For any of the treatments, but particularly with cauterization, cryotherapy, or laser ablation, it is quite possible that you will have small permanent scar where the lesion was treated. These scars are rarely skin deformities (like a wound scar), but rather are a white spot representing a loss of pigmentation where the treatment occurred. These areas are typically very small and barely noticeable. Every patient has a different tendency to form scars, and it is not possible to predict in whom a slightly more noticeable scar may form.
Women treated for condyloma, or even exposed to a partner who was treated for condyloma, must be extra diligent about having their regularly scheduled Pap smears. As mentioned, there is an increased incidence of cervical cancer with certain types of HPV.
Possible Complications of the Procedure ALL surgical procedures, regardless of complexity or time, can be associated with unforeseen problems. They may be immediate or even quite delayed in presentation. While we have discussed these and possibly others in your consultation, we would like you to have a list so that you may generate questions if you are still concerned.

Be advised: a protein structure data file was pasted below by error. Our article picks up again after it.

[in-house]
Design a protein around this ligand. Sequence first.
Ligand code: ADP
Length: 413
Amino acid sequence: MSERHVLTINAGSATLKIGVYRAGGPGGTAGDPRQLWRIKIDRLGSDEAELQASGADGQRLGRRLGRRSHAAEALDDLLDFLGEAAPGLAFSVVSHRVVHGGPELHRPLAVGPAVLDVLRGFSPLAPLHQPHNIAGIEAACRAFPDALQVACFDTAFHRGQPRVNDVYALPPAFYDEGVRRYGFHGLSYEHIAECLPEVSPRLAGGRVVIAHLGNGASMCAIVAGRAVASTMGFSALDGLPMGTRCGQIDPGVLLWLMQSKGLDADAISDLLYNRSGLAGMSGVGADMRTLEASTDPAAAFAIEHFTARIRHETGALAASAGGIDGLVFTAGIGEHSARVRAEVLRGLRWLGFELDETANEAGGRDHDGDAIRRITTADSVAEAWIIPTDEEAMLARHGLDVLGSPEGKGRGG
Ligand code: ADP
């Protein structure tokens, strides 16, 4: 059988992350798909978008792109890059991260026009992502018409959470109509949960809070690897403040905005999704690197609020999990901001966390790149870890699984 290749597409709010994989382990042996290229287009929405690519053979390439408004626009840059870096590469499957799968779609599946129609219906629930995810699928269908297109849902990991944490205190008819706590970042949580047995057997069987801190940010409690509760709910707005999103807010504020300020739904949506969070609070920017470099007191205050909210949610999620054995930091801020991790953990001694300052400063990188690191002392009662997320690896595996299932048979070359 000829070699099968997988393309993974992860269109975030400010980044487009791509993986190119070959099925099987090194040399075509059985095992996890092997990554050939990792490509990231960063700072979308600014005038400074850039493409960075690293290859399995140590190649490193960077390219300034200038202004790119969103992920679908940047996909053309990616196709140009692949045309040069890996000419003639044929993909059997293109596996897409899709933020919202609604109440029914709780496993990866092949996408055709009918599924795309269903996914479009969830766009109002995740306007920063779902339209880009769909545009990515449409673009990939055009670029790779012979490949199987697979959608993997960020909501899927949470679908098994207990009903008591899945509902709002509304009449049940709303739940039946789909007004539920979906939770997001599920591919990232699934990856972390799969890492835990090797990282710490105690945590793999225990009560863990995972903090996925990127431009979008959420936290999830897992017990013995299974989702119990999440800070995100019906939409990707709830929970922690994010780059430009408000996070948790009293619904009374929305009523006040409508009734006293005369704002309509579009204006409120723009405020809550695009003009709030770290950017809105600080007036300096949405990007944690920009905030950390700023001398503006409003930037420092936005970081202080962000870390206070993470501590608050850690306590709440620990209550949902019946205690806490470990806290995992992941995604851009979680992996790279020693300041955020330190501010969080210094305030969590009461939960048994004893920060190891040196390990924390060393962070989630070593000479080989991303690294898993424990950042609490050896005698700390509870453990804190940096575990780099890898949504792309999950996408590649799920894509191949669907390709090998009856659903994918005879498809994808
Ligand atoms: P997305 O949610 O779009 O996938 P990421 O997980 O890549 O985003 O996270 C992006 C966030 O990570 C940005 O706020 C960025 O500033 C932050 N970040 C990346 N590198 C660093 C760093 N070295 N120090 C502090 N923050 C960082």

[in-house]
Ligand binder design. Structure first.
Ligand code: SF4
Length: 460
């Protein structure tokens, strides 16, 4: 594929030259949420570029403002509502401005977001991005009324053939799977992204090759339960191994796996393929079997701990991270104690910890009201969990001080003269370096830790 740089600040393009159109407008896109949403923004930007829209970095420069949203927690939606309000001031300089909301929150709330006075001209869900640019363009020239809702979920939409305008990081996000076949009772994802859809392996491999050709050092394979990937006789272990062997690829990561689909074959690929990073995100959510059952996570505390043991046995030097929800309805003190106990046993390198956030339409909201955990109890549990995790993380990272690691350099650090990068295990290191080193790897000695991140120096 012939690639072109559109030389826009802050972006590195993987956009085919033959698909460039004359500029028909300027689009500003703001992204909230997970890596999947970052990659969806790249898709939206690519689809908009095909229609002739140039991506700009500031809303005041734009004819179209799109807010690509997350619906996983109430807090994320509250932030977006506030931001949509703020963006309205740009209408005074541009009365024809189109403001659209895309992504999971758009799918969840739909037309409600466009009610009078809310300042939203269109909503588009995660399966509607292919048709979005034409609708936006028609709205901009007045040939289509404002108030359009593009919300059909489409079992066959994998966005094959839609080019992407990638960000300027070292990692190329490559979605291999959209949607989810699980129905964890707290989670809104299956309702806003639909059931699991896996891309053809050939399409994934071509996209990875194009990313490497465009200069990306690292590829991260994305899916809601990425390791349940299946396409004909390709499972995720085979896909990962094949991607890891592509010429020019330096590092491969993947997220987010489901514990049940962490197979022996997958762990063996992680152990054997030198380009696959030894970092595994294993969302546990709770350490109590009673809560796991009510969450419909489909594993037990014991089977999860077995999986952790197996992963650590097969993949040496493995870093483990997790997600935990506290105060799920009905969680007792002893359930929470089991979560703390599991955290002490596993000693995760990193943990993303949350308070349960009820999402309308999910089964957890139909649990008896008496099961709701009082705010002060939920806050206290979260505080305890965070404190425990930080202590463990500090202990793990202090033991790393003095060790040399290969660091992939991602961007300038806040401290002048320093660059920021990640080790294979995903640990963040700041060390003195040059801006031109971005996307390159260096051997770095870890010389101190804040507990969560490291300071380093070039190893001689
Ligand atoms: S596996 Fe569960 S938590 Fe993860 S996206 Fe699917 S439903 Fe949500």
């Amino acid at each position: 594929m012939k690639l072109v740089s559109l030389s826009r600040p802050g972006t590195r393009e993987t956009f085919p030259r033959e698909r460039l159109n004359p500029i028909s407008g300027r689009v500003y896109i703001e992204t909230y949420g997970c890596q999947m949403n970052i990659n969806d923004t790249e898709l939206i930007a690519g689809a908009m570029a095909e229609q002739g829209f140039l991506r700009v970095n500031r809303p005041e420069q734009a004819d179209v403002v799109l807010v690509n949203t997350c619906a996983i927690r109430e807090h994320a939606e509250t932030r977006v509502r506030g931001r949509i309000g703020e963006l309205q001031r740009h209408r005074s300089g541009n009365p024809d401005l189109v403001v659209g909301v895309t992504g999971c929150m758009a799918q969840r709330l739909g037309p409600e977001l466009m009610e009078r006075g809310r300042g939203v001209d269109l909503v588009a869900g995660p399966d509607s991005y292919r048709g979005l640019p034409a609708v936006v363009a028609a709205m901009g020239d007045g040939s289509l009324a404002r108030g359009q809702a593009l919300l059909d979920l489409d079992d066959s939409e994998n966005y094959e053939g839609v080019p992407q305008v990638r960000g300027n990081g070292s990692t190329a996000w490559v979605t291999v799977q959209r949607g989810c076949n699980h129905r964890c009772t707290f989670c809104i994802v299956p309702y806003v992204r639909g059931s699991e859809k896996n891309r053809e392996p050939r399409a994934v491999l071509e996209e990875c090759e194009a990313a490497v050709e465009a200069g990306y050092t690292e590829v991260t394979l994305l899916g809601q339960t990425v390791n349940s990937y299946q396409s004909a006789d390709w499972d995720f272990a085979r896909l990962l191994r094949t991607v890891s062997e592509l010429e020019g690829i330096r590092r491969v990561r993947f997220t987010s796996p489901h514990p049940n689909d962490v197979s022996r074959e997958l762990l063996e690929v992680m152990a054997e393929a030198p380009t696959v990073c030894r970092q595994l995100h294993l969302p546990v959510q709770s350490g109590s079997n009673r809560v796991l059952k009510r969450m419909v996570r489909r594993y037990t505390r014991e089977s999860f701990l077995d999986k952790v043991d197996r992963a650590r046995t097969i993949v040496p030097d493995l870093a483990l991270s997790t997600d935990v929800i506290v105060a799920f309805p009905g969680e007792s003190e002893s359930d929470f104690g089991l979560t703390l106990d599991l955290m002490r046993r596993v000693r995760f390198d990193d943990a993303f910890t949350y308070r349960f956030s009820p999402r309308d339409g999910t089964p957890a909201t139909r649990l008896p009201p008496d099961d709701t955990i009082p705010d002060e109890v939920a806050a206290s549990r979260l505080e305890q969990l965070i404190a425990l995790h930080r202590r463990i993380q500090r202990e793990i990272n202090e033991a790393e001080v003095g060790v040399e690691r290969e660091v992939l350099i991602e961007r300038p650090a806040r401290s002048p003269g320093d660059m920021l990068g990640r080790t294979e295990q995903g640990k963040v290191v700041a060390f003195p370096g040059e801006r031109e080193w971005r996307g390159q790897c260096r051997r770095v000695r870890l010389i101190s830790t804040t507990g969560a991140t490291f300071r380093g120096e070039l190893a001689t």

Aside from anesthesia complications, it is important that every patient be made aware of all possible outcomes which may include, but are not limited to:
Although very rare following such procedures, it is still possible. In almost all instances, the pain disappears over time. If persistent, further evaluation would be necessary.
We provide this literature for patients and family members. It is intended to be an educational supplement that highlights some of the important points of what we have previously discussed in the office. Alternative treatments, the purpose of the procedure/surgery, and the points in this handout have been covered in our face-to-face consultation(s).
The information contained in this document is intended solely to inform and educate and should not be used as a substitute for medical evaluation, advice, diagnosis or treatment by a physician or other healthcare professional. While UUANJ endeavors to ensure the reliability of information, such information is subject to change as new health information becomes available. UUANJ cannot and does not guaranty the accuracy or completeness of the information contained in this document, and assumes no liability for its content or for any errors or omissions. Please call your doctor if you have any questions.